Meanwhile, with Goods and Services (GST) Tax in India to be commenced next month, ABI is currently studying how it would impact industries. ABI had also hired a consultant firm.

ABI general secretary Jochu Thinley said the association is currently researching GST’s impact analysis.

“We will find out GST’s impact on our industries and the Bhutanese economy,” he said.

ABI program officer, Pema Yangchen, said the association has also coordinated trainings in disaster management in 2016 and security coordination in 2015.

“Various multi-sectorial meetings are also conducted whenever required,” she said.

Pasakha industrial estate is the largest estate in the country with 22 ABI member industries. The remaining 30 are distributed across Samtse, Samdrupjongkhar, and Thimphu.

As industrial parks development is ongoing in Samtse, Gelephu, and Mongar, ABI is expecting more members.

Currently, there are 51 registered members with ABI, of which 20 are large-scale industries and 16 medium scale industries. The remaining 15 are small industries.

The ABI has been following up on the Bhalujhora bridge that connects Pasakha industrial estate.

Pema Yangchen said that the bridge is ABI’s major concern today. “A stakeholders’ meeting was also conducted recently,” she said.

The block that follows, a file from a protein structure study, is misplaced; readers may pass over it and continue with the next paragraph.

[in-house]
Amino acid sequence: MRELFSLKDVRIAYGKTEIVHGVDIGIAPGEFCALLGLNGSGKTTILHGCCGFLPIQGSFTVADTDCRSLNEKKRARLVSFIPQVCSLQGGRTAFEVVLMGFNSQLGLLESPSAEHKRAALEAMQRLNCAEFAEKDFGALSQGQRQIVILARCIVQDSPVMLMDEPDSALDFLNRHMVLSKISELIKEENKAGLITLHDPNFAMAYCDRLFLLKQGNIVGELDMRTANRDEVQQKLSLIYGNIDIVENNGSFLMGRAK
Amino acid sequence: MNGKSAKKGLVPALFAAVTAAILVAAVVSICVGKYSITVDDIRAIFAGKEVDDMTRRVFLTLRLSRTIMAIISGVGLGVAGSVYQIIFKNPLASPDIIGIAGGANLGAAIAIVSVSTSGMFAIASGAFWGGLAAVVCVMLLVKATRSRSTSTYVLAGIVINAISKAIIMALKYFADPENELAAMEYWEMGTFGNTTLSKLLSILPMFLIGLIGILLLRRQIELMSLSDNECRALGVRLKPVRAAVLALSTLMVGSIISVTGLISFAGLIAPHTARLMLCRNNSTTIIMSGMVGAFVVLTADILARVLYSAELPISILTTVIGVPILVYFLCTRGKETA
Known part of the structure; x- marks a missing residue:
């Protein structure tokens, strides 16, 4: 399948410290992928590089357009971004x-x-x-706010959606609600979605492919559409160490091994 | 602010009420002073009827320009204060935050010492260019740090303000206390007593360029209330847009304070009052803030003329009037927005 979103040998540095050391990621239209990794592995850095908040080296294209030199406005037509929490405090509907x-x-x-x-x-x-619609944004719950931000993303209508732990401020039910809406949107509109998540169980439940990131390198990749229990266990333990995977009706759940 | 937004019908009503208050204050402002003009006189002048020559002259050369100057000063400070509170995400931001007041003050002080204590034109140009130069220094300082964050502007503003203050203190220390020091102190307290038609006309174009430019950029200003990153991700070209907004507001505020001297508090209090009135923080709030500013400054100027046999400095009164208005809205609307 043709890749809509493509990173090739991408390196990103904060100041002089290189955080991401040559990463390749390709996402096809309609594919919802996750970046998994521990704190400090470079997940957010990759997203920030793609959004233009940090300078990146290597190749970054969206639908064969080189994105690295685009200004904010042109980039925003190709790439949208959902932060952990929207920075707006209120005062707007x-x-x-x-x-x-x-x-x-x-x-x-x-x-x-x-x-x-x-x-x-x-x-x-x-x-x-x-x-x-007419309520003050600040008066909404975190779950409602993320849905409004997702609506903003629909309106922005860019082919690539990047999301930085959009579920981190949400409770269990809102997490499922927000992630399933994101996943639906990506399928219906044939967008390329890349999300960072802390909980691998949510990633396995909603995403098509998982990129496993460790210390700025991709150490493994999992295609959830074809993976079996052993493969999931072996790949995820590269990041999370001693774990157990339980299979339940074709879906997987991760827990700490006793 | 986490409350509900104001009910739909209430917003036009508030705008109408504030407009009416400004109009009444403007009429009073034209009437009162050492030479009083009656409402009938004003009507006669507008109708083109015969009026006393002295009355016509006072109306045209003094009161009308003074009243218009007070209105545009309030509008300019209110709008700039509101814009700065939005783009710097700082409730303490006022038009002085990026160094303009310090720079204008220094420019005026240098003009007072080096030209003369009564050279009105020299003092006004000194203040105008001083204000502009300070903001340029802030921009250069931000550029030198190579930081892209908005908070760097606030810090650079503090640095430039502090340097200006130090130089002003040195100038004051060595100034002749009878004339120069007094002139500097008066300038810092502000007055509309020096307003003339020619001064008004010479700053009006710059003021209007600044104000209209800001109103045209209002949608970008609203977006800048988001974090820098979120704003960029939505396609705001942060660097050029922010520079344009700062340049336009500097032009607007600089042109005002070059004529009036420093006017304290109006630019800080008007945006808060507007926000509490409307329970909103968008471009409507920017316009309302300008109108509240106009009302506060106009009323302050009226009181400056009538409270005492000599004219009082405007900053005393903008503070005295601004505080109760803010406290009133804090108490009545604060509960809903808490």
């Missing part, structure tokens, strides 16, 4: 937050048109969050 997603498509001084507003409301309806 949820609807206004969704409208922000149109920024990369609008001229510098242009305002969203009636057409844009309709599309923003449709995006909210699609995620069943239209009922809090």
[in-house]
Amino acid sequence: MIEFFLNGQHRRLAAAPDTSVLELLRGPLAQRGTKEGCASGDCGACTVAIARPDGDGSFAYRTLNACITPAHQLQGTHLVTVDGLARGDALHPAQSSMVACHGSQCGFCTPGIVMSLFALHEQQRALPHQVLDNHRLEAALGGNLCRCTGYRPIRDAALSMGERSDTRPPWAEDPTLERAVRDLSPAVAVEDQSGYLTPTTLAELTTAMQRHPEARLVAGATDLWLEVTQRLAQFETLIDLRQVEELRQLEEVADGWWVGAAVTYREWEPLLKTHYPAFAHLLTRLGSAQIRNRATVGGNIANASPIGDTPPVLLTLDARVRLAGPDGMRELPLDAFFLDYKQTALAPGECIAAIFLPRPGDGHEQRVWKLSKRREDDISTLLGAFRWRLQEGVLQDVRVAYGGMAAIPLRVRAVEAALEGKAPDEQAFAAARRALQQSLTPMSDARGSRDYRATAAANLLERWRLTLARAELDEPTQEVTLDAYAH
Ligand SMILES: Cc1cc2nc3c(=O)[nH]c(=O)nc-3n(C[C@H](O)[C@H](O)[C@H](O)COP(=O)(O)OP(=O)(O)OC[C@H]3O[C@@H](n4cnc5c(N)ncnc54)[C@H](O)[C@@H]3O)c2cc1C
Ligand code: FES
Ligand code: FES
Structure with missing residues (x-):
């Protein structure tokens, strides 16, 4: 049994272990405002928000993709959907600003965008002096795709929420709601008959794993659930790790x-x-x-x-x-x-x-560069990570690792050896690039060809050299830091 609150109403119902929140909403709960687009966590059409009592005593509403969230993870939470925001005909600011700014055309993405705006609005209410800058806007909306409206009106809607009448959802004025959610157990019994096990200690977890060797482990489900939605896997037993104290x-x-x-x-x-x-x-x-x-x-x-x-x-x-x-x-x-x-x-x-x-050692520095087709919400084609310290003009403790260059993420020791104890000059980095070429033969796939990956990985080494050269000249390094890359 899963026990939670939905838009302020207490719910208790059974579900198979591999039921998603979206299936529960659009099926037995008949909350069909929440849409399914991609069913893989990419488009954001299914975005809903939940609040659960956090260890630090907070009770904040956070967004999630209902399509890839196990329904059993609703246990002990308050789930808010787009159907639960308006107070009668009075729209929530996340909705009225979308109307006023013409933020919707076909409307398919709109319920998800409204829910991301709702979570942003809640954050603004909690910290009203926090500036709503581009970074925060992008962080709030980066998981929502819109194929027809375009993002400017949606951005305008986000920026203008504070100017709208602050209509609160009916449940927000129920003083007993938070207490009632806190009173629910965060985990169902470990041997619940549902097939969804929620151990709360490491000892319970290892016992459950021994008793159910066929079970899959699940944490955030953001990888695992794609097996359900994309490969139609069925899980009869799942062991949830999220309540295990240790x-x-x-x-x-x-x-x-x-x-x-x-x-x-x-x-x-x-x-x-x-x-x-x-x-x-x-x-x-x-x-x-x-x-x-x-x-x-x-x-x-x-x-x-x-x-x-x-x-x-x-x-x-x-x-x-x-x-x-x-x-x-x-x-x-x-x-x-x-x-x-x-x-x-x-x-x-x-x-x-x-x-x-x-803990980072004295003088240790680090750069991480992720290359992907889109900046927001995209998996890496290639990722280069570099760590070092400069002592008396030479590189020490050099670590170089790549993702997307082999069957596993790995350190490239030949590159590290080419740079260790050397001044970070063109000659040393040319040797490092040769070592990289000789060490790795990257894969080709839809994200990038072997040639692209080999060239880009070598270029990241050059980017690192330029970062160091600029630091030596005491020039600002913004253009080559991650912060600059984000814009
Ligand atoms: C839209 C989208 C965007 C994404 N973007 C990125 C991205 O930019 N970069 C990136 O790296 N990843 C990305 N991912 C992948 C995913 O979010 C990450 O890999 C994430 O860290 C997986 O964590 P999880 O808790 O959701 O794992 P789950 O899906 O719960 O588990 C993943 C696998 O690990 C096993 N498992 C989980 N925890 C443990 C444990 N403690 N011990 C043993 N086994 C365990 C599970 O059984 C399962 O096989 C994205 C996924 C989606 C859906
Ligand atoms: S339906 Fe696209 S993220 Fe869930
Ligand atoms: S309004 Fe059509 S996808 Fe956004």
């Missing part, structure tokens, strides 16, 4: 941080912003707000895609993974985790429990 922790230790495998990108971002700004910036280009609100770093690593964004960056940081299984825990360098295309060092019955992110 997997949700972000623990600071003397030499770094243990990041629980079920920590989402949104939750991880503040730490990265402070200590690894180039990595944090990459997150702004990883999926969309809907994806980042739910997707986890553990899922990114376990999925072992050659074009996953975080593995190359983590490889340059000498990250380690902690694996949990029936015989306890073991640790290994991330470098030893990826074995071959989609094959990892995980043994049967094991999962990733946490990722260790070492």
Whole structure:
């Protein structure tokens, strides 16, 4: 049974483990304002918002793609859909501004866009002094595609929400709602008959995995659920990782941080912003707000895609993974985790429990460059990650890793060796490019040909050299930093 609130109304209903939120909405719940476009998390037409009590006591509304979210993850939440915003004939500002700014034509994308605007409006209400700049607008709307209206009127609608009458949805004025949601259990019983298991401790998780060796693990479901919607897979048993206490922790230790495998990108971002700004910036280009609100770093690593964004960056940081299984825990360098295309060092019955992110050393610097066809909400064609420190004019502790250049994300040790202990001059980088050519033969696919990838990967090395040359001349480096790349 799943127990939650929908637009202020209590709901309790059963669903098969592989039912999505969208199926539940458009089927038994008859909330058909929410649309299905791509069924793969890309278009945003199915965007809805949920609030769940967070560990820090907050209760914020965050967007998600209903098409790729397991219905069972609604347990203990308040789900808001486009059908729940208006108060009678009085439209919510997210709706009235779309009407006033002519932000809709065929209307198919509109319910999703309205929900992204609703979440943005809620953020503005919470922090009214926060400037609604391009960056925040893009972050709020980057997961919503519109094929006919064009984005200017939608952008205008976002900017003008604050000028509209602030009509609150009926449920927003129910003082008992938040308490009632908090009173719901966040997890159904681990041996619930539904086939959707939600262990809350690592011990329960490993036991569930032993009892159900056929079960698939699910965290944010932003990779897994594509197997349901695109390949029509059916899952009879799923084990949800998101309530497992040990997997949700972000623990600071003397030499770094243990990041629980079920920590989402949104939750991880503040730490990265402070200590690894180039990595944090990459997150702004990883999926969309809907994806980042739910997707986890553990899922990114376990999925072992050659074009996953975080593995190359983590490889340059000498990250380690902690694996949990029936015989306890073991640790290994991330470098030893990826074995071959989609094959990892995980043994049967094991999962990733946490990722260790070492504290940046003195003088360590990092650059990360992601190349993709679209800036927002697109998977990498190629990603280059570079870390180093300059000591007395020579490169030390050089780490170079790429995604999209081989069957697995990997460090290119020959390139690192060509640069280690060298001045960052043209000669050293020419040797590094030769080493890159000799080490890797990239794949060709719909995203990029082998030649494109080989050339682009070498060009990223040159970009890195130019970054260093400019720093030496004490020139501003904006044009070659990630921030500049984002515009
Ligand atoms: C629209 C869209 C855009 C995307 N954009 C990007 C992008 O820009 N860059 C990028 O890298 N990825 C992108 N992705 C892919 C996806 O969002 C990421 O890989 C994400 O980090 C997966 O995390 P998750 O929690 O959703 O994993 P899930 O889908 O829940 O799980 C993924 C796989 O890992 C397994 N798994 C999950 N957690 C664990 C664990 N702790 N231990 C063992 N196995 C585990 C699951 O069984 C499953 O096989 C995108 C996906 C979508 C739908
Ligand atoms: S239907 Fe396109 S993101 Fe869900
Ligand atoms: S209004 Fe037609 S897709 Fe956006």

Industrial trucks ply through the Bhalujhora river, as the bridge is not feasible for heavy trucks. The route is not accessible in rainy season.

In 2016, vehicle movements from both the sides were immobilised for several days causing loss to the industries.

Construction of a new bridge was also initiated in 2015. But the contractor was terminated due to delay in work.

ABI pursued this matter with relevant agencies like the Department of Roads (DoR) and Phuentsholing thromde.

Although the bridge will not be constructed this summer, the DoR agreed to help like deploying excavators to dredge river whenever industrial trucks were unable to cross the river.

ABI general secretary, Jochu Thinley, said the association’s major challenge is its memberships.

“ABI’s sustainability depends on voluntary contribution from the industries,” he said. “We do not have support from the government or any other agencies.”